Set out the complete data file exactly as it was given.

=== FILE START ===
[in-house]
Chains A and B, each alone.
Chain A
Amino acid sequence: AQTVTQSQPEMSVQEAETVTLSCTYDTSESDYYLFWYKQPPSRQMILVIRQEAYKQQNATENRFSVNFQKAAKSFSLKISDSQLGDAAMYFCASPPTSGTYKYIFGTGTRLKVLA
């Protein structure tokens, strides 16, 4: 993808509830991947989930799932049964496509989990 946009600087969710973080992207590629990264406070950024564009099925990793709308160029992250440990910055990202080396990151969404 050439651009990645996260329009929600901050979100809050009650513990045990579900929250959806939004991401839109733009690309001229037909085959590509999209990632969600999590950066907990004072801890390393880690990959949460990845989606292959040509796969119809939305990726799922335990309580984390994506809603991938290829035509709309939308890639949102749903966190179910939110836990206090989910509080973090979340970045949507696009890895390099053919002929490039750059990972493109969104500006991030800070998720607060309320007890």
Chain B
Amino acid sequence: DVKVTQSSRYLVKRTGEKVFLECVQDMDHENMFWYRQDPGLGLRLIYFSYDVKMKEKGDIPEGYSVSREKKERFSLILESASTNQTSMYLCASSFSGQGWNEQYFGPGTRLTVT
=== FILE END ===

[in-house]
Chains A and B, each alone.
Chain A
Amino acid sequence: AQTVTQSQPEMSVQEAETVTLSCTYDTSESDYYLFWYKQPPSRQMILVIRQEAYKQQNATENRFSVNFQKAAKSFSLKISDSQLGDAAMYFCASPPTSGTYKYIFGTGTRLKVLA
């Protein structure tokens, strides 16, 4: 993808509830991947989930799932049964496509989990 946009600087969710973080992207590629990264406070950024564009099925990793709308160029992250440990910055990202080396990151969404 050439651009990645996260329009929600901050979100809050009650513990045990579900929250959806939004991401839109733009690309001229037909085959590509999209990632969600999590950066907990004072801890390393880690990959949460990845989606292959040509796969119809939305990726799922335990309580984390994506809603991938290829035509709309939308890639949102749903966190179910939110836990206090989910509080973090979340970045949507696009890895390099053919002929490039750059990972493109969104500006991030800070998720607060309320007890």
Chain B
Amino acid sequence: DVKVTQSSRYLVKRTGEKVFLECVQDMDHENMFWYRQDPGLGLRLIYFSYDVKMKEKGDIPEGYSVSREKKERFSLILESASTNQTSMYLCASSFSGQGWNEQYFGPGTRLTVT